Emily Scheck, 19, a cross-country runner and sophomore at Canisius College in Buffalo, N.Y., was disowned by her parents and left with nothing but credit card debt after they discovered she was dating a woman.
Scheck's mother texted her during the summer to say she was disgusted and left Scheck with two options; come home and go through conversion therapy, or be excommunicated from her family, Outsports reports. Scheck rejected the idea of conversion therapy and wanted to stay at Canisius to continue with her cross-country team.
Sometime after that conversation, Scheck found that the license plate had been removed from her car by her father and the car was packed with items from Scheck's childhood home. Her father also stopped payments on the insurance for the car and left a note telling her that she could have no further contact with her parents or siblings.
When her parents first cut her off, Scheck had a mere $20 to her name and was working two jobs just to stay above water. She had no meal plan at college, and her family stuck her with a Discover Card bill for items the family had purchased on a recent vacation.
“At the start, it was definitely tough,” Scheck told Outsports. “I was lucky to be in preseason the first couple of weeks because coach could get us meals in the dining hall.”
Scheck said she sought the advice of her coach, Nate Huckle, who tried to help, but to no avail. With only a partial scholarship, she had no way to pay tuition and cover costs for items including books, housing, and meals. That's when her roommate created a GoFundMe page, which raised $25,000 within a few days.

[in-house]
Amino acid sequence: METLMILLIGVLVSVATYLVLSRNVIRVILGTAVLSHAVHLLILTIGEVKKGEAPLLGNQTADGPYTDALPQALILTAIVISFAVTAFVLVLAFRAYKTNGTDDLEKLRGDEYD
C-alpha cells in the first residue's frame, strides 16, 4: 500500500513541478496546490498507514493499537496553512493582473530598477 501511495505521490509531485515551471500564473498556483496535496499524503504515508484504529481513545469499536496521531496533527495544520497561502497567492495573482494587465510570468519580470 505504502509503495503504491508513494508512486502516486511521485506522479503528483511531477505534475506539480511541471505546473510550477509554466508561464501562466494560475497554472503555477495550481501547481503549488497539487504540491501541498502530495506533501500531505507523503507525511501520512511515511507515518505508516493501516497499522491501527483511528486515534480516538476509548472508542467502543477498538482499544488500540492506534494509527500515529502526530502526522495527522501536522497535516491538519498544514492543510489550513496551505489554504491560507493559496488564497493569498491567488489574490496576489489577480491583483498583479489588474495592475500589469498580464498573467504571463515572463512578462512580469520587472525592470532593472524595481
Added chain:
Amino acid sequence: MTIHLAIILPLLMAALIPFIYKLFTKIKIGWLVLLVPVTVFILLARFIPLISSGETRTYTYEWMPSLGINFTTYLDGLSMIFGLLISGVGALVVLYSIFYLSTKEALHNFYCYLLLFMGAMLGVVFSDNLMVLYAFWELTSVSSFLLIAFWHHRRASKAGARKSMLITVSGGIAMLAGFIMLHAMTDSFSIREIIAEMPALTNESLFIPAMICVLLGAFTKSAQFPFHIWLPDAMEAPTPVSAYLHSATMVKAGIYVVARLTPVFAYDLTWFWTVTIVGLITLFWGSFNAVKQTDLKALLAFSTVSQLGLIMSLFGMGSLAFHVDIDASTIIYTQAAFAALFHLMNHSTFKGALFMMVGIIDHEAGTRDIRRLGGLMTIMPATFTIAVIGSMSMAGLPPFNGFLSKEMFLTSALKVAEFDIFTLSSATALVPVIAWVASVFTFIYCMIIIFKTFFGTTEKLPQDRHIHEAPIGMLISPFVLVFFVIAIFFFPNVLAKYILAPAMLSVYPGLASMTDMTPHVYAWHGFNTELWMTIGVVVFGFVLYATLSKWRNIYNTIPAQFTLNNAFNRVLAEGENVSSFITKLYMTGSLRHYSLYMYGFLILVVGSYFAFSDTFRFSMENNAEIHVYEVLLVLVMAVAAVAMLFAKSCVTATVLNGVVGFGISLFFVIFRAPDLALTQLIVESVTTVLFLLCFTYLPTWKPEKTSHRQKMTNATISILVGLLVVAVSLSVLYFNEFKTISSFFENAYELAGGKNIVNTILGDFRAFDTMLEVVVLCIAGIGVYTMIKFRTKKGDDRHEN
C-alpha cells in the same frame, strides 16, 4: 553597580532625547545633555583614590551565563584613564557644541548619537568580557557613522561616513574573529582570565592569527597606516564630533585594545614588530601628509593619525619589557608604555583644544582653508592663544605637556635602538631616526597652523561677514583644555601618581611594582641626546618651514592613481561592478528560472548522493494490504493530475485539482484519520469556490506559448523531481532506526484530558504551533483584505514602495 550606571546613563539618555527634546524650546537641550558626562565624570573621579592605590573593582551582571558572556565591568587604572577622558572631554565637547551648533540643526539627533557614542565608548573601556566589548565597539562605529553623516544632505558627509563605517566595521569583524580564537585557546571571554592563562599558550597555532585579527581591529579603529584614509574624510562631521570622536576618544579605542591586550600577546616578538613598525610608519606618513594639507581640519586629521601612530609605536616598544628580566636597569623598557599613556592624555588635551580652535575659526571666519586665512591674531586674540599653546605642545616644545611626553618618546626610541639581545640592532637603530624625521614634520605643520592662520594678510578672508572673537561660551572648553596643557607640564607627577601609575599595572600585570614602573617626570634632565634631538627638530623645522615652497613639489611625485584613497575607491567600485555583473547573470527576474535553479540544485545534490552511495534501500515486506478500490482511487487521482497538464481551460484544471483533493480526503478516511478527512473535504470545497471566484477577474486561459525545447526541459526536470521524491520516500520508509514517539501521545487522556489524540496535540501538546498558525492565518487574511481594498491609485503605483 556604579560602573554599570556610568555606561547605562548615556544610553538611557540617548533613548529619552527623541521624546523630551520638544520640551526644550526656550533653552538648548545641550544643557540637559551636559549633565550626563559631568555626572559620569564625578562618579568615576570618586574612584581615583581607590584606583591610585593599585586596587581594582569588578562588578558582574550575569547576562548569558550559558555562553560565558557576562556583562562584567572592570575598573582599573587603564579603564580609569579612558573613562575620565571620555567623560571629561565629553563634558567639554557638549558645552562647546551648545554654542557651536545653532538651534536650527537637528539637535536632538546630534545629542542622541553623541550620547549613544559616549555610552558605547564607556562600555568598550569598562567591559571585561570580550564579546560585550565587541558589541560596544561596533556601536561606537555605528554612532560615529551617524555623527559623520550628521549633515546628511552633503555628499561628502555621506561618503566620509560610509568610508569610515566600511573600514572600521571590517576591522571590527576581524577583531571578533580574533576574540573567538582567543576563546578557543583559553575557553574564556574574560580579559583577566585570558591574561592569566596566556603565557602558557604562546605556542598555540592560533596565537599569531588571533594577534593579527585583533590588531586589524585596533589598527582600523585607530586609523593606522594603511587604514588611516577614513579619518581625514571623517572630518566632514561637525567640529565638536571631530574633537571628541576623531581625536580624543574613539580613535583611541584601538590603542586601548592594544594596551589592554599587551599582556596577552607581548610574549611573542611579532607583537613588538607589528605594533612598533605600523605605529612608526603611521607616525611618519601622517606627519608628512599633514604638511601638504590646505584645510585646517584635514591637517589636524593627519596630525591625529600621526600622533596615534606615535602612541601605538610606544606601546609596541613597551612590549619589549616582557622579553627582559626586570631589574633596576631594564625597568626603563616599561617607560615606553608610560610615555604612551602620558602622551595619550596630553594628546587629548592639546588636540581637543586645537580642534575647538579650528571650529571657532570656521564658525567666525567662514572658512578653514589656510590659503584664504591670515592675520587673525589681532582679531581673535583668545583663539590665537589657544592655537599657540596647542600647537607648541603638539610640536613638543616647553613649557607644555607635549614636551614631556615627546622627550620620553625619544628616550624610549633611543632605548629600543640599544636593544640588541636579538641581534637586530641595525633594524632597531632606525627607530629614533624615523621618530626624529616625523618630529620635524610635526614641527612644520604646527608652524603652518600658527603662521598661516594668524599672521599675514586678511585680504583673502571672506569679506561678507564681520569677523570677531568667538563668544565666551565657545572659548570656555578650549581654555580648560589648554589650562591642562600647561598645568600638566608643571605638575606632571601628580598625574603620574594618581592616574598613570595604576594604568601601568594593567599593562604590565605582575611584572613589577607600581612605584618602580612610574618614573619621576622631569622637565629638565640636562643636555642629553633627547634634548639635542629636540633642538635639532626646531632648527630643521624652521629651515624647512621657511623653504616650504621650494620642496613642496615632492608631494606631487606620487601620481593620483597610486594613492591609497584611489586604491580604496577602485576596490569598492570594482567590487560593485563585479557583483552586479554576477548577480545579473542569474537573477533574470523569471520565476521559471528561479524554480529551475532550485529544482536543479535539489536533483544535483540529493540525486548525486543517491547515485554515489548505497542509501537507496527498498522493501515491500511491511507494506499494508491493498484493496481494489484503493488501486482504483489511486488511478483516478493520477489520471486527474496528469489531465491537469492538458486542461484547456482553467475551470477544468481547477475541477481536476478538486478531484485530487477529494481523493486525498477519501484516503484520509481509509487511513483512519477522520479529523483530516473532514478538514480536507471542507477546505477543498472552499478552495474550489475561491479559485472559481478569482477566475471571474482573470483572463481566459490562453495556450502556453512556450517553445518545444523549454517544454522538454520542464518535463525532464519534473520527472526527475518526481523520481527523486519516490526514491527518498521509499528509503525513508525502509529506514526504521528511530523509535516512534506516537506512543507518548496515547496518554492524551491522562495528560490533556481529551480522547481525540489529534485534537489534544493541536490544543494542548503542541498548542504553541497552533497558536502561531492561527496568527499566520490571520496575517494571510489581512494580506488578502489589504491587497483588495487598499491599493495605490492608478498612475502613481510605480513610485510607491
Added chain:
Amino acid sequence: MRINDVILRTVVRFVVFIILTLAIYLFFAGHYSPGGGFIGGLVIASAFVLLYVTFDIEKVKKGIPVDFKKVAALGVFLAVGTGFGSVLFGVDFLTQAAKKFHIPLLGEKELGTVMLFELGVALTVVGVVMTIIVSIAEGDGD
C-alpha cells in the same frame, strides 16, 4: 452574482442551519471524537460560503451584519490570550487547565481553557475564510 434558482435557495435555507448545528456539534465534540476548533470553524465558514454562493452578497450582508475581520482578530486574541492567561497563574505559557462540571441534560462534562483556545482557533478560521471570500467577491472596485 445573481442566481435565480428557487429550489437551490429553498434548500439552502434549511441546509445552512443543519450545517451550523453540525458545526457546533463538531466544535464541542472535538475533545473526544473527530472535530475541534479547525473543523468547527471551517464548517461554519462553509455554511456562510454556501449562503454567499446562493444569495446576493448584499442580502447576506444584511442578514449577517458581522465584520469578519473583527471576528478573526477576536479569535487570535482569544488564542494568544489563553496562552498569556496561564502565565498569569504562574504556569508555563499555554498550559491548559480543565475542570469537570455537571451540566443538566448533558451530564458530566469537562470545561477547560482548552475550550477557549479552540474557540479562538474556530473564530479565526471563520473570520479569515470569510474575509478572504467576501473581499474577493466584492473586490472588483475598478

For a while, there was a slight hiccup in the plan to raise money for Scheck via GoFundMe, and it looked like the National Collegiate Athletic Association would force Scheck to choose between her money and her status on the cross-country team. Eventually, the NCAA allowed Scheck to keep both.
"Canisius College received clarification from the NCAA that Emily Scheck can retain her eligibility and continue to receive GoFundMe donations that assist her with living and educational expenses. The NCAA staff worked cooperatively with Canisius College to provide guidance that the fundraiser can continue, with school monitoring. NCAA rules allow a school to assist a student-athlete with a fundraiser after a significant life event occurs," the college said last week in its official statement regarding Scheck's situation.
"Canisius and the NCAA will continue to work together in support of Emily. She is a member of the Canisius family and we will to do whatever we can to assist her," the statement continued.
It is up in the air as to whether or not Scheck will be able to retain any additional money raised by crowdfunding, but, the NCAA's decision bodes well for LGBTQ student-athletes in similar situations.